Brown Bird's Americana is made for great escapes
As ways to spend a lazy August day go, it sounds almost impossibly postcard-perfect, and only partly because David Lamb is lucky enough to be ensconced in idyllic New Hampshire. When he’s reached on the phone by the Straight, the singer-guitarist is hanging out at a summer home belonging to the folks of MorganEve Swain, his bandmate in the Americana duo known as Brown Bird. Added bonuses to this equation include the fact that said retreat is close to a gorgeous lake, and that Swain also happens to be his better half, which has given the two the opportunity to spend some serious quality time together.
“We’re up here for a week of vacation before we start going out on tour again,” Lamb says, sounding like a man who’s more than relaxed. “It’s very beautiful, especially this time of year. We’re basically a block from the lake. MorganEve’s dad has a little motorboat that we toodle around in during the day and we do some swimming. It’s really nice.”
In the same way that it’s easier to imagine Iron and Wine’s Sam Beam chopping wood by a river than driving a BMW around Manhattan, the setting Lamb and Swain find themselves in couldn’t be more suited to their sound. Brown Bird’s latest, the Americana-gothic gem Salt for Salt, is made for getting far away from the rush of the city, the unvarnished songs built on a foundation of acoustic guitar, plaintive banjo, clip-clop percussion, and mesmerizing slow-burn fiddle. The group’s great trick is that it doesn’t sound anything like a duo.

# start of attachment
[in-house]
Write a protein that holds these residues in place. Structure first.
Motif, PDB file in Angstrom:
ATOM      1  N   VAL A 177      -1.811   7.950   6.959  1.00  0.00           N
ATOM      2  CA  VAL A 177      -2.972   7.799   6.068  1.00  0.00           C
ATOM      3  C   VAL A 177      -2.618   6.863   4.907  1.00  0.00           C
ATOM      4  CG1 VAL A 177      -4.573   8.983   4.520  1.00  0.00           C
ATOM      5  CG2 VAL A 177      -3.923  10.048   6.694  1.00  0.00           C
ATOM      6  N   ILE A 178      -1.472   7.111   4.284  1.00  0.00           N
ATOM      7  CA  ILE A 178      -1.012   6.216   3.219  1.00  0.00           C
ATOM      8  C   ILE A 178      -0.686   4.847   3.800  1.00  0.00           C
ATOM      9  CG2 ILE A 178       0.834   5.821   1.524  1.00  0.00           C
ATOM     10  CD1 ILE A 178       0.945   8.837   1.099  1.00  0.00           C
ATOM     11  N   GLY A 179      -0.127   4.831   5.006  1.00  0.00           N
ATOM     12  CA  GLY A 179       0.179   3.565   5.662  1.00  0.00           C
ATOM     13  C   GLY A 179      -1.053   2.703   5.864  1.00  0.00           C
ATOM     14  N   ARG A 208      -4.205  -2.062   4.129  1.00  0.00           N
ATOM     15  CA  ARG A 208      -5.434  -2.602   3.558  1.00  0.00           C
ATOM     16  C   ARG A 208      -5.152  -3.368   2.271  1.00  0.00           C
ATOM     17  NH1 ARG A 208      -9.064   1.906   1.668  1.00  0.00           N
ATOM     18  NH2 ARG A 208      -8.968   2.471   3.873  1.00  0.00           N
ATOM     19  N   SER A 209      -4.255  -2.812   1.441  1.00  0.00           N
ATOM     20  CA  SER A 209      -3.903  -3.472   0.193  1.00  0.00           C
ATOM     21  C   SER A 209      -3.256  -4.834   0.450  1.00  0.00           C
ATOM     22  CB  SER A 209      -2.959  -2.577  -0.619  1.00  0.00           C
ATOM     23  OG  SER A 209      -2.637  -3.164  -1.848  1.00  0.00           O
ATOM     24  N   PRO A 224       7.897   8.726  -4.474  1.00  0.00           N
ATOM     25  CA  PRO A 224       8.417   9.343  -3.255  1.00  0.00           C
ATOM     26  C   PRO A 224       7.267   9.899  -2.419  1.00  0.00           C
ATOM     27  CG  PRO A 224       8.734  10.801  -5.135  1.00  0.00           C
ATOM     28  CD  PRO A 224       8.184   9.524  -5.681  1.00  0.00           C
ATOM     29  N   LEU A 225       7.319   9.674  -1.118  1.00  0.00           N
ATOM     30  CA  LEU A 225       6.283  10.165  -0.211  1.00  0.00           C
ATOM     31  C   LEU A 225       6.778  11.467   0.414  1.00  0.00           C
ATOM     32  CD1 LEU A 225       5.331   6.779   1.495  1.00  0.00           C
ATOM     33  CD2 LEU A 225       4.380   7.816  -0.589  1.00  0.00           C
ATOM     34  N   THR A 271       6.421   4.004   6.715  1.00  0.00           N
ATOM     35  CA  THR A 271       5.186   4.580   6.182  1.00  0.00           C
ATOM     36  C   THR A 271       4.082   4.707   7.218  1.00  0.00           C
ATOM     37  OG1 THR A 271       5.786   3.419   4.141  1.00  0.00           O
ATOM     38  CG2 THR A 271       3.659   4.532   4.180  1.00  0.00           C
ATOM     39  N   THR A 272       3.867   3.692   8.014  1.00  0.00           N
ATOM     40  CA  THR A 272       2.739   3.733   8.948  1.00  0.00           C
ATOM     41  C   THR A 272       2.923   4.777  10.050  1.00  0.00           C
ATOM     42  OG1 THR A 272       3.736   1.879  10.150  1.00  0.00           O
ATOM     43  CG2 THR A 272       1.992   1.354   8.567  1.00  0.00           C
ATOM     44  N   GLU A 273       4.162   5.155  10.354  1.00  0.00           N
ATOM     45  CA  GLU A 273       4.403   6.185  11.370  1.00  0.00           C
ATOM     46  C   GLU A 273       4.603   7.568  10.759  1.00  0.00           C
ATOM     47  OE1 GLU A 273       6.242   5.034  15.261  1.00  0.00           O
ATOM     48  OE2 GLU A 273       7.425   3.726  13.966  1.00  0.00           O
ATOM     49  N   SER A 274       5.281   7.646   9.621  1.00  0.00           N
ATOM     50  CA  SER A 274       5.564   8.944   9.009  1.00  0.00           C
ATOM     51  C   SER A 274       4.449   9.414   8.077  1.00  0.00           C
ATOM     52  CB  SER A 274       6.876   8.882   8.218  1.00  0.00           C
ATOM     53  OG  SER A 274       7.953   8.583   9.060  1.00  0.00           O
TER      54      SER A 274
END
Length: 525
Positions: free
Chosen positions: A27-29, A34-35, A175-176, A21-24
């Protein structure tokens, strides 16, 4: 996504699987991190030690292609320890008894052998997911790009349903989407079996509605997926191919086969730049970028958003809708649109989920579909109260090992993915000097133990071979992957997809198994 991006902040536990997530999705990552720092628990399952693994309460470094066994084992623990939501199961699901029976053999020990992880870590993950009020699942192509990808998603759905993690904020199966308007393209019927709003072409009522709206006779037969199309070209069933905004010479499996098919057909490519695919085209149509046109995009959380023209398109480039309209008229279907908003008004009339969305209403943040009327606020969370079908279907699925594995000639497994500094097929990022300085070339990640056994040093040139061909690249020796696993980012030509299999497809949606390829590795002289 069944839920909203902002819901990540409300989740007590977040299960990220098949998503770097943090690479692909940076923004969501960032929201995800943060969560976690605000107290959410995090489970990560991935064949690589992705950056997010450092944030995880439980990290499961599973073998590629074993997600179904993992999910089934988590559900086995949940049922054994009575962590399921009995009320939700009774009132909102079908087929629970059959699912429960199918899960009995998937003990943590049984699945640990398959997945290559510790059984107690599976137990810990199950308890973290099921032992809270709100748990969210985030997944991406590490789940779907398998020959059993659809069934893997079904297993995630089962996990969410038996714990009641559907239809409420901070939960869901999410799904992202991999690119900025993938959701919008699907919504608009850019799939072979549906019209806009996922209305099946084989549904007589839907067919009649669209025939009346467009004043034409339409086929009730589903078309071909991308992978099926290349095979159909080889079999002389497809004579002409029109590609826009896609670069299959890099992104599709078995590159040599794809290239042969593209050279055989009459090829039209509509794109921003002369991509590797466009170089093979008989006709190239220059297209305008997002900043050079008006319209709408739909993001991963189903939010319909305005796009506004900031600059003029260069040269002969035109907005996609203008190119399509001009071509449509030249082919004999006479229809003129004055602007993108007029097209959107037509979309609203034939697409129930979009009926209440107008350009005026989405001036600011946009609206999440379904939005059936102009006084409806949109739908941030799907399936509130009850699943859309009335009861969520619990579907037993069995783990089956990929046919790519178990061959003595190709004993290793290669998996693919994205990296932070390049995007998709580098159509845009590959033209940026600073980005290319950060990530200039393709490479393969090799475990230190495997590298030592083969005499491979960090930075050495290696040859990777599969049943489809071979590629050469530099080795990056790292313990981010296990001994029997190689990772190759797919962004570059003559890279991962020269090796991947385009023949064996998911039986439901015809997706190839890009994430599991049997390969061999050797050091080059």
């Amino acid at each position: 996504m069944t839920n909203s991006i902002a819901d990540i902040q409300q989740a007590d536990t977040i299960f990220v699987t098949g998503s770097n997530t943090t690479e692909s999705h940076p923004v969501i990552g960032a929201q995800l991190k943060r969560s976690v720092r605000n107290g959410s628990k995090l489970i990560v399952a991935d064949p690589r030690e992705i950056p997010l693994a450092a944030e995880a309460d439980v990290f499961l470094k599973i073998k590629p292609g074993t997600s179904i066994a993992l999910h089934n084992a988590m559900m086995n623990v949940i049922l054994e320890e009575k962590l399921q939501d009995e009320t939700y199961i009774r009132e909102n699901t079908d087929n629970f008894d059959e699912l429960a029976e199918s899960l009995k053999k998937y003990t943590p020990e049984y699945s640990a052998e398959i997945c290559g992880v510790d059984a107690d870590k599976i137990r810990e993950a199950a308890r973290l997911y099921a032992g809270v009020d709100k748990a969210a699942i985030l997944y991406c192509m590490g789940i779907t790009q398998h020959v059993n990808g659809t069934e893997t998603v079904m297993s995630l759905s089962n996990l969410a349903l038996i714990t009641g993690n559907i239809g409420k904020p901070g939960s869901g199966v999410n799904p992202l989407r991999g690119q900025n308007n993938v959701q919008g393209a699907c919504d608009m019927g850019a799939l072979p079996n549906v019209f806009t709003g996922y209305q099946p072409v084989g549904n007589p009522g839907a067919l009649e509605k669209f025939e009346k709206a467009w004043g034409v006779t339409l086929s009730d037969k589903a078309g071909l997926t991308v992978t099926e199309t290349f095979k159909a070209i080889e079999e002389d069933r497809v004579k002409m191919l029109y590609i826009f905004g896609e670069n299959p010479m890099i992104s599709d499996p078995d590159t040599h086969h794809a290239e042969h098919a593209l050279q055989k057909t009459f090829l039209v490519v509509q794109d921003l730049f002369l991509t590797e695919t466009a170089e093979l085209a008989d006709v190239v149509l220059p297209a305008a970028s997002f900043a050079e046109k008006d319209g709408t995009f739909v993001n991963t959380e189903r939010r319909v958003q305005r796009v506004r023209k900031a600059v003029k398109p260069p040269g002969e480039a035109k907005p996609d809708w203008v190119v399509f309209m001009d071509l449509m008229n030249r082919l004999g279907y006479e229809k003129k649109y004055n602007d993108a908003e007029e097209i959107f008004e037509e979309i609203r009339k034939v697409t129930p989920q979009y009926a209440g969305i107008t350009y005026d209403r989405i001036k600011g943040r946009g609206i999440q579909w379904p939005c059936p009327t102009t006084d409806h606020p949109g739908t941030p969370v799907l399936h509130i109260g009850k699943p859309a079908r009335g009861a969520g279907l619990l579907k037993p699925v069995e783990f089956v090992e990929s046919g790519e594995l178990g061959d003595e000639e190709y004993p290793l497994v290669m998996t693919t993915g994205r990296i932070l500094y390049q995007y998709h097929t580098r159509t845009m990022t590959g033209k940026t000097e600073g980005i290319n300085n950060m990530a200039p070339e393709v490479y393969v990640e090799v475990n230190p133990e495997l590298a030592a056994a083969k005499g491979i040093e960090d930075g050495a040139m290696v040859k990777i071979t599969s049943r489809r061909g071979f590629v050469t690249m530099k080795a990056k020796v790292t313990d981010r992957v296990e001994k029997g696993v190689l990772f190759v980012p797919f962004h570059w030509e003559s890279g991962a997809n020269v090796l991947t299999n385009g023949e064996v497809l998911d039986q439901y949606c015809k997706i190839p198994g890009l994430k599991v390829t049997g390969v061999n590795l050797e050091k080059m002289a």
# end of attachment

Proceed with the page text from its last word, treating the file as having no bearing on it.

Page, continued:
“With Salt for Salt, it was very minimal overdubs,” Lamb says. “We sort of had, in the back of our minds, the question ‘What will this sound like live?’ I’m glad that they come across as full-sounding on record because we were really trying to make sure that we didn’t limit ourselves.”
That idea of setting no boundaries seeps into the pool of influences that Brown Bird draws from. So while “Shiloh” is performed on acoustic six-string and burnished by gypsy-campfire fiddle, the guitar work is fast and intricate enough that you can easily imagine the track recast as a ride-the-lightning metal maelstrom. The same holds true for the backporch blues rambler “Bilgewater”, this making sense considering that Brown Bird is just as into Mastodon, Baroness, and Secret Chiefs 3 as the kind of Americana that used to pop up in the pages of No Depression. Lamb has no problem coming up with a connecting thread between what would seem to be wildly disparate genres.
“What moves me the most is just music where every instrument counts,” he says, “where everything plays an important role, and nothing is superfluous.”
As for the future of Brown Bird, Lamb suggests there’s a very real possibility that he and Swain won’t be exclusively devoted to Americana that makes you want to head to the lake on a hot summer day.
“I have a Gibson ES-125 that I bought at the end of last tour,” he notes. “We’re starting to do a lot more electric live. We did the Newport Folk Festival a couple of weeks ago, and pretty much played electric the whole time through. I do write on the electric guitar, but, almost for the simplicity of travelling, I tend to play acoustic while touring because we take so many instruments with us. To bring acoustic, electric, banjo, percussion, plus all the strings that MorganEve plays, has seemed like too much.”
Brown Bird plays Electric Owl on Tuesday (August 21).